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The election is over … finally

Published: November 9, 2012
Section: Opinions


The headline doesn’t begin to scratch the surface of how excited I am that the election is over. While I preferred a particular candidate, by the time the debates began at the start of last month, I was ready for it all to end. This was not because I had already voted—I sent in my absentee ballot a week before the first debate—but because the election cycle had become rather long.

President Obama’s reelection campaign was a no brainer from the day he was first elected. Barring some major policy failure, it was clear that he’d be one of the two major candidates. Governor Romney also remained politically active after the 2008 election cycle, raising money for congressional candidates, publishing a book and commenting on—but mostly opposing—legislation such as the Affordable Care Act.

Since President Obama’s first term began, pollsters and news media dedicated resources to assessing possible GOP primary candidates. Seriously, almost three full years before the Iowa Caucus and New Hampshire Primaries, CNN published a poll on prospective 2012 nominees. Hell, less than a week after President Obama was elected—before he was even inaugurated—sites such as Zogby.com ran polls on expected candidates. What’s more ridiculous is that Newsweek ran a poll in October 2008, more than four years before the 2012 election, in which Romney won the most votes for the Republican nomination.

The problem is not that we have so many potential candidates all trying to get a leg up on their competition. The problem is that news media thinks three to four years ahead of an election is a good time to start drawing attention. Furthermore, the media can only do this because we the public buy into it all.

Four years ago, I wasn’t exhausted and sick of the election when November rolled around. While that might have been the excitement of voting for the first time, I like to think that in the last election cycle I was better able to avoid more of the hoopla than this time around. I’ve spent almost all of the 2012 election cycle at Brandeis, a college campus with quite a few politically active students. Even without my friends from the Democratic and Republican clubs all harping about their candidates, I was much less successful in drowning out the excess this time around.

Especially during my time in college, unlike in high school, and I expect, unlike in my eventual future career, I spent a lot of time on the Internet. Not only on the Internet, but also while watching TV during study breaks, the 2012 election has been front and center. During the 2010 midterm election, it felt as though half of the coverage was about how the outcome would affect President Obama’s next two years and the prospects for his possible reelection. As soon as the midterms were over, pundits and analysts kicked 2012 into high gear. While this had some benefits, such as the Daily Show’s latest special “Indecision 2012,” they were few and far between.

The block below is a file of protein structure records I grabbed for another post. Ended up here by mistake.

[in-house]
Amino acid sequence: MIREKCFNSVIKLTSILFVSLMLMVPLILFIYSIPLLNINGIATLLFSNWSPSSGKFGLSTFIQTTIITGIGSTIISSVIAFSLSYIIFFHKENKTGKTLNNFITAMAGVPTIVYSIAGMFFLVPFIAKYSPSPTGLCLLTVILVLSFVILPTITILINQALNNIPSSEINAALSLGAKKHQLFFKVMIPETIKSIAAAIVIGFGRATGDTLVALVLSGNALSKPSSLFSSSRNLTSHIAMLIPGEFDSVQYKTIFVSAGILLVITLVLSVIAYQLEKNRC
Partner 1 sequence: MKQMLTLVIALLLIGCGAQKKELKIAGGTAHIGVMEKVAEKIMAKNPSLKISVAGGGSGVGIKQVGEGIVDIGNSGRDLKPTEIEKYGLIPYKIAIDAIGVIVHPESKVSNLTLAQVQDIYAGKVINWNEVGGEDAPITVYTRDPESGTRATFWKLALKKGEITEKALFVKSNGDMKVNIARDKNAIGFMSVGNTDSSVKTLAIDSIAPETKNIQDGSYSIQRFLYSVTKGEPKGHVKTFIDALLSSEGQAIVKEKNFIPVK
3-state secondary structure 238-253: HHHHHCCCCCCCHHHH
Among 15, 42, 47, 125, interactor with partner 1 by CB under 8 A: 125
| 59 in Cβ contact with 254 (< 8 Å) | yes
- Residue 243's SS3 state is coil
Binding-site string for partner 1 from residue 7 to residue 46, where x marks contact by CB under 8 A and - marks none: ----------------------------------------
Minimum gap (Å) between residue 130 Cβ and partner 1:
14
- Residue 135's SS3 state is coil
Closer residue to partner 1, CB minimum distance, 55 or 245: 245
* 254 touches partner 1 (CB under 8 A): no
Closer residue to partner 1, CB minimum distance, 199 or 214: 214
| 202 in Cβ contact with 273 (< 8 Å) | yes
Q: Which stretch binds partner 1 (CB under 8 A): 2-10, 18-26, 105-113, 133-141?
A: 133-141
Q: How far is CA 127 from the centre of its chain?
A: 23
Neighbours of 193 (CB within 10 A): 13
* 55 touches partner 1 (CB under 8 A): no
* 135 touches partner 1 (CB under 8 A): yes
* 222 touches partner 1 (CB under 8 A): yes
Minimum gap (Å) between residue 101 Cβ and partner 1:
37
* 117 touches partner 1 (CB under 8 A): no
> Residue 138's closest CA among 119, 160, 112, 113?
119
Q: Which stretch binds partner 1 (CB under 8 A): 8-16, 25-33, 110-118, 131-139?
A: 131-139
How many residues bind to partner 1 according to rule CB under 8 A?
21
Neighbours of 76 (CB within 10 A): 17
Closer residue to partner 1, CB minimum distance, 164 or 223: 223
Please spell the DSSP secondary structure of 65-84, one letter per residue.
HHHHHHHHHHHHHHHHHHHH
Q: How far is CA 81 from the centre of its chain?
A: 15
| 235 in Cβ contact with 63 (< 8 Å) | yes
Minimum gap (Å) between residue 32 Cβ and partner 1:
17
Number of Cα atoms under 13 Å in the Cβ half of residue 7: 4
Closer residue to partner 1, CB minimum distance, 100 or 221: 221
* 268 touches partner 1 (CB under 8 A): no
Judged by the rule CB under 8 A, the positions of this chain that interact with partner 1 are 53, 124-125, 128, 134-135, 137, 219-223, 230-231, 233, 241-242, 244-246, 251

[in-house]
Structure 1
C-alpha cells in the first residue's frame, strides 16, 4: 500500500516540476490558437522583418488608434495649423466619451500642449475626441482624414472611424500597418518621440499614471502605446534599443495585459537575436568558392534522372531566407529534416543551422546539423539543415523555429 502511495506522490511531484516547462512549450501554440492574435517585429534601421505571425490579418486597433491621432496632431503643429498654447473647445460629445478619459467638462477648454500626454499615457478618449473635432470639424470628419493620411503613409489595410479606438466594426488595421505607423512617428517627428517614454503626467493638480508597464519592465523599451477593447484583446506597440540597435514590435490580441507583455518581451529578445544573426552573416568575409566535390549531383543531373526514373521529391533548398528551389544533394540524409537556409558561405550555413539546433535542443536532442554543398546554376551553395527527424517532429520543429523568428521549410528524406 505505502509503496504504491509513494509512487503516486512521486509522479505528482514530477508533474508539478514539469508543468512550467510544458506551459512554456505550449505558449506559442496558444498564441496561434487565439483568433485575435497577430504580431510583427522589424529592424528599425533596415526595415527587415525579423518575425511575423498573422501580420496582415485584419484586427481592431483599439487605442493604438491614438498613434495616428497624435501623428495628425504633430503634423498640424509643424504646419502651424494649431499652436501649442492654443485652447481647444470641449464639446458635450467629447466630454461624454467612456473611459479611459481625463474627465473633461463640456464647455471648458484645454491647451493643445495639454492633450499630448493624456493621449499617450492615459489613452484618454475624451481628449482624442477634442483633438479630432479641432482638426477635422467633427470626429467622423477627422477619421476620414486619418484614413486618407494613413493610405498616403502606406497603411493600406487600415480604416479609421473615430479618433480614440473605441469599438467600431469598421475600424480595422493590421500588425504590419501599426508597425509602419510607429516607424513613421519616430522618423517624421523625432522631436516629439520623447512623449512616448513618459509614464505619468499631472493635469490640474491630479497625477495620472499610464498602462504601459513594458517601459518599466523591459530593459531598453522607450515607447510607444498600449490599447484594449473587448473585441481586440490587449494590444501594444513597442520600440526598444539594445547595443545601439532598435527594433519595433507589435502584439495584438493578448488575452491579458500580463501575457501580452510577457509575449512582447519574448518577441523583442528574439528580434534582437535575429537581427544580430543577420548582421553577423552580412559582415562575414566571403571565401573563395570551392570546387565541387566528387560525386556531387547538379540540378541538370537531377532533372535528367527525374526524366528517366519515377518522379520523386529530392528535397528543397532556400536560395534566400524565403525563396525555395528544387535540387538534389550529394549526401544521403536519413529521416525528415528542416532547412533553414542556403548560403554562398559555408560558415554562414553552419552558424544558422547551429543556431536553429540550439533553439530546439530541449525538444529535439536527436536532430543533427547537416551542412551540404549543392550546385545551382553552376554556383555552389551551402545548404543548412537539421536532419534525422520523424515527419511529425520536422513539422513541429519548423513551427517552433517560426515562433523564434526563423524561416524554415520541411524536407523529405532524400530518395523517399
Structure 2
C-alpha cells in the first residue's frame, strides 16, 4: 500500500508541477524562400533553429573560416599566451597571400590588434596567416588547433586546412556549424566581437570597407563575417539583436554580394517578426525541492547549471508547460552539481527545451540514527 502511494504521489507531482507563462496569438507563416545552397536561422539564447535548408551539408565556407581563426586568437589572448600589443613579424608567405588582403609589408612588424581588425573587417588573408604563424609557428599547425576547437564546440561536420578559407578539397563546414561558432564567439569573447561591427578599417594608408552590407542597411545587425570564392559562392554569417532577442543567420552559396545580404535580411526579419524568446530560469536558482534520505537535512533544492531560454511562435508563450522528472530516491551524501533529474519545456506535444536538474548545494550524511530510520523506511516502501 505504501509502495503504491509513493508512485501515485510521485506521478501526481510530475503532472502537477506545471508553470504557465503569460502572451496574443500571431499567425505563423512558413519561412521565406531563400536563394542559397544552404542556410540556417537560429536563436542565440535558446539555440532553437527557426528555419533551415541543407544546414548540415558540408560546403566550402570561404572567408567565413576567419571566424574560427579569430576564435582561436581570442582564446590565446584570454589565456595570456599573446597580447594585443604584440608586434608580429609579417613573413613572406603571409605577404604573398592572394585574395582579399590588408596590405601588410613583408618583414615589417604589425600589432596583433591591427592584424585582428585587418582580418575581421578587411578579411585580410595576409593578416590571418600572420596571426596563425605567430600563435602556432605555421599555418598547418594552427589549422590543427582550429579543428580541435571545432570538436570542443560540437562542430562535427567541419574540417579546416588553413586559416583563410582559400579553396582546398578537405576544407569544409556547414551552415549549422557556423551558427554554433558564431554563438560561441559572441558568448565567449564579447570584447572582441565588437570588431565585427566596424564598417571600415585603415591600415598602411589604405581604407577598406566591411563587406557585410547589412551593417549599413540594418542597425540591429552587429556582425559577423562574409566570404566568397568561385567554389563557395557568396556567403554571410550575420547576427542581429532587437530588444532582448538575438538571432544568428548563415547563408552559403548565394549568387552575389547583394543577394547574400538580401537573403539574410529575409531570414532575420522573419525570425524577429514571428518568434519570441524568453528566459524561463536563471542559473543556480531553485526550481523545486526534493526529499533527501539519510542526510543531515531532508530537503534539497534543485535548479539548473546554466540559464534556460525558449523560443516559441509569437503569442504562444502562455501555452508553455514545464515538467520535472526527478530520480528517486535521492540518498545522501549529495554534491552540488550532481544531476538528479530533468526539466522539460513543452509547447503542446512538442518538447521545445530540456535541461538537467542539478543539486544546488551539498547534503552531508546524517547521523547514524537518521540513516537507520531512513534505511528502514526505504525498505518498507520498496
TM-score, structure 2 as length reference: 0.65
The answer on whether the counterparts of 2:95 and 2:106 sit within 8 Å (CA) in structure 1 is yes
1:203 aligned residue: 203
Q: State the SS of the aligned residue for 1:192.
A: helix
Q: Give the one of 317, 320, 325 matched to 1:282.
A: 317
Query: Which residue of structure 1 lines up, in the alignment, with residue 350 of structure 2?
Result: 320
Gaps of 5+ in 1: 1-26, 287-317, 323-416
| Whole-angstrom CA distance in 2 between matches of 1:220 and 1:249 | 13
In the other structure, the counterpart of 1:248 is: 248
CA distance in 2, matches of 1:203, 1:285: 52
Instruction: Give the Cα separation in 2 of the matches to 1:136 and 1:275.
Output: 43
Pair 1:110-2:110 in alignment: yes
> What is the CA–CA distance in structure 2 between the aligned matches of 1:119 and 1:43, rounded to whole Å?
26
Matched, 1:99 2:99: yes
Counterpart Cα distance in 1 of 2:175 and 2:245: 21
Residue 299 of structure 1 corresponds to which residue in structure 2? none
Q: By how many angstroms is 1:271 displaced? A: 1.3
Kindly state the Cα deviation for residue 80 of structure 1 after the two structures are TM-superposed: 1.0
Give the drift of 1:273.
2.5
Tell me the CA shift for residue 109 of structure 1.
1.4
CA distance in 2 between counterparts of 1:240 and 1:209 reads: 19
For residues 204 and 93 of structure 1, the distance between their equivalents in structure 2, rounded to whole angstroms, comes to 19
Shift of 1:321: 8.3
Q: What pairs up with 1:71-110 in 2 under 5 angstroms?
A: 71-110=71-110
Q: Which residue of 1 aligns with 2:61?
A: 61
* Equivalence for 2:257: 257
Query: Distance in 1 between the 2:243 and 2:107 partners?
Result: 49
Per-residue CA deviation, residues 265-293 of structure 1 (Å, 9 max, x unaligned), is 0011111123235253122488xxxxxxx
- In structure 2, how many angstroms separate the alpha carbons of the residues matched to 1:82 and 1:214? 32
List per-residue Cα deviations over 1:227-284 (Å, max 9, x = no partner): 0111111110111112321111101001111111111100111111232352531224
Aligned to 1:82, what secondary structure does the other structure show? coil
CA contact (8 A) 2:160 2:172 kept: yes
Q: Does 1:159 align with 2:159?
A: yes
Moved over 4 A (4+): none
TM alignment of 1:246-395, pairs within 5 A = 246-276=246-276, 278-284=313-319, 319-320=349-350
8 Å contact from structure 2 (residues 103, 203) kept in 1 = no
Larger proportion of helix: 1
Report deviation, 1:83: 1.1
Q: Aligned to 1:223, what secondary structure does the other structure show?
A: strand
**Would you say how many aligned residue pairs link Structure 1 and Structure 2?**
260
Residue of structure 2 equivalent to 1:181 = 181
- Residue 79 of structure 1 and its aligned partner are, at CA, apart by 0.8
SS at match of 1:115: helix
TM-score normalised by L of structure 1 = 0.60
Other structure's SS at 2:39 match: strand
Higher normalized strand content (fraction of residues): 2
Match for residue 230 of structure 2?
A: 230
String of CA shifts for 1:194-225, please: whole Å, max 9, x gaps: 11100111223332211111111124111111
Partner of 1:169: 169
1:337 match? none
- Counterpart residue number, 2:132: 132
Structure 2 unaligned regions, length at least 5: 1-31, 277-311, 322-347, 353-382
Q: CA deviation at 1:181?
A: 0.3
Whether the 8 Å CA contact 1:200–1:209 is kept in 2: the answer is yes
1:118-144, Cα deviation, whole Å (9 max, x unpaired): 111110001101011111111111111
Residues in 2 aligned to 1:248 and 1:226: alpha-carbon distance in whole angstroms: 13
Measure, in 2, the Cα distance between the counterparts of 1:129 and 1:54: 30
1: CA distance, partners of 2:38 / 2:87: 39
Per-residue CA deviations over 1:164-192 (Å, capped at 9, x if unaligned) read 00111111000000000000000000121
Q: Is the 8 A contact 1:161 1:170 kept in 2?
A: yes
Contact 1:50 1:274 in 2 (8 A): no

Once the GOP primary election season began, things were at least interesting. Primaries are fun because, at least from my perspective, one gets to watch a collection of aspiring candidates tear each other apart. It didn’t matter that it was the Republicans who were stuck spending time finding a candidate to unify around, a Democratic primary competition would also have been hilarious had they not had an incumbent to support from the beginning.

While the primaries were hilarious because, as usual, they expose weaknesses in their candidate and set up very amusing general election campaigns from June, or whenever a candidate gets the necessary delegates, until a few weeks before the first debate I avoid election coverage. Once it got down to the final two months, it became watchable again.

While the past couple months of the election had their interesting moments, such as Romney’s “47 percent” comment and Obama’s abject failure to respond competitively in the first of the presidential debates, I paid attention because it was a requirement for responsible voting. After more than three years of activity from President Obama and Governor Romney—barring an October surprise—I didn’t see much point other than to double check the candidates before filling out my ballot.

Only a few days ago, we elected our president for the next four years. It was a long, drawn out process. Some would call this whole extended process the American way and praise the fact that we regularly handle the transition of power smoothly and peaceably. Some argue that the election process is too long and drawn out for a multitude of reasons. One thing is certain, while I can spend hours, weeks, even months researching and paying attention to something interesting, the years that are necessary to follow an election from start to finish are past my tipping point. I hope that by the time this column prints we as a nation will have had a few days to relax before people start talking about 2016. Then again, who am I kidding? There’s probably already a poll for 2016 on the Internet.